This Classroom Edition of Melville's classic first novel contains questions for discussion to help students with reading comprehension, critical thinking, and a close reading of the text.
“Melville has the strange, uncanny magic of sea-creatures, and some of their repulsiveness. He isn’t quite a land animal. There is something slithery about him. Something always half-seas-over. In his life they said he was mad — or crazy. He was neither mad nor crazy. But he was over the border. ...There he is then, in Typee, among the dreaded cannibal savages. And they are gentle and generous with him, and he is truly in a sort of Eden. Here at last is Rousseau’s Child of Nature and Chateaubriand’s Noble Savage called upon and found at home. Yes, Melville loves his savage hosts. He finds them gentle, laughing lambs compared to the ravening wolves of his white brothers, left behind in America and on an American whaleship. The ugliest beast on earth is the white man, says Melville. In short, Herman found in Typee the paradise he was looking for. It is true, the Marquesans were ‘immoral’, but he rather liked that. Morality was too white a trick to take him in. …There they are, these South Sea Islanders, beautiful big men with their golden limbs and their laughing, graceful laziness. And they will call you brother, choose you as a brother.” – D.H. Lawrence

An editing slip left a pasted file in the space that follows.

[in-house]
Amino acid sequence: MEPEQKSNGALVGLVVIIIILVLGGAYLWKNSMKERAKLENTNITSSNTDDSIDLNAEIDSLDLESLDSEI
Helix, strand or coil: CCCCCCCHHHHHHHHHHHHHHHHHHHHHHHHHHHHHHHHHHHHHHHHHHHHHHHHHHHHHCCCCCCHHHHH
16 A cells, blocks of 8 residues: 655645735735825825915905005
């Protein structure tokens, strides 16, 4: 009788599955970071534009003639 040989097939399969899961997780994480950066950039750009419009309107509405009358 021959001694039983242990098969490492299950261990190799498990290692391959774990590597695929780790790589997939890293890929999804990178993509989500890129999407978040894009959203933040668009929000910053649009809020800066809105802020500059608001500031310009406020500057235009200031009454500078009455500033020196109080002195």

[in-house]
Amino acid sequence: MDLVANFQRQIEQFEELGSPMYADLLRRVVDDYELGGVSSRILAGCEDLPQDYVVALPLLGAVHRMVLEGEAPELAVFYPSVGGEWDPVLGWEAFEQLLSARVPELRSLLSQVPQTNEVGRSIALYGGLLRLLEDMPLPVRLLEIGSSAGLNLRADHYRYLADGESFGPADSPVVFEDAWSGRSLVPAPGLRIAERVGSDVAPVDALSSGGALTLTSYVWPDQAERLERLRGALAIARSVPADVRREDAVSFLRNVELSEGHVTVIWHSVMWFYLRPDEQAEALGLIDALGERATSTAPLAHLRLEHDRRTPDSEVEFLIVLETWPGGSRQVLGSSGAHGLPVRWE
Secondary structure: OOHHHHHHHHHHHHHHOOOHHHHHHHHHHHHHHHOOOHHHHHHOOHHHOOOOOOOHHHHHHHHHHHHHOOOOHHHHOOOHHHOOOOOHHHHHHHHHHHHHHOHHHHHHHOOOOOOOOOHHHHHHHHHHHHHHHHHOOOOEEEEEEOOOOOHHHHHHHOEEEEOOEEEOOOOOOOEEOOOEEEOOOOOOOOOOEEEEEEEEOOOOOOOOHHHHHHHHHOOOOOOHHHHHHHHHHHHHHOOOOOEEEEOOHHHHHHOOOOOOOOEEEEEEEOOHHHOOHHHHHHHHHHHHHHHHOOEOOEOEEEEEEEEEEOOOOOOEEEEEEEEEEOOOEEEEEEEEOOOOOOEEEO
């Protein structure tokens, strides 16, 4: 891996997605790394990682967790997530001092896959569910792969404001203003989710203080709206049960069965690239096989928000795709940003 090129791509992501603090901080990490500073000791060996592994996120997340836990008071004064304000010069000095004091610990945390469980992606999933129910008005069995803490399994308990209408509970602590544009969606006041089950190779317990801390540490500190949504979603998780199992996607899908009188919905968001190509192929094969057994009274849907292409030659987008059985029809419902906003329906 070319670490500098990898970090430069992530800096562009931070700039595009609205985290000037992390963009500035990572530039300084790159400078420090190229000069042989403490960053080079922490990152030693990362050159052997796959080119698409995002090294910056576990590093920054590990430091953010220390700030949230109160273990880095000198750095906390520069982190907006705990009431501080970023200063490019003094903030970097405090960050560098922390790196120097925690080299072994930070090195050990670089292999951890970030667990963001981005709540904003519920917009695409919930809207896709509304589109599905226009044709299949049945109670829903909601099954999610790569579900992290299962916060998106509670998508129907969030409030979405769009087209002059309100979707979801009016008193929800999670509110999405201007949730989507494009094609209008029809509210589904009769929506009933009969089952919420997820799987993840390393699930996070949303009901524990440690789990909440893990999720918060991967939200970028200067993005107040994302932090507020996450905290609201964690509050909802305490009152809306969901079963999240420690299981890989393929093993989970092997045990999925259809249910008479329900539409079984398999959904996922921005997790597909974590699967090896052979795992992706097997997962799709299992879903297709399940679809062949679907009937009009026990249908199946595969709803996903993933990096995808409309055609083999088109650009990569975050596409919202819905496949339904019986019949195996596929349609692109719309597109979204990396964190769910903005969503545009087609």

Typee, a semi-autobiographical work, is Melville’s first novel. Like all his work, it is infused with a latent homoeroticism and is important not only as literature but as philosophical, psychological, and anthropological commentary. Most of all, however, it is a fine story that captured the public’s imagination and remained one of Melville’s most popular works throughout his lifetime.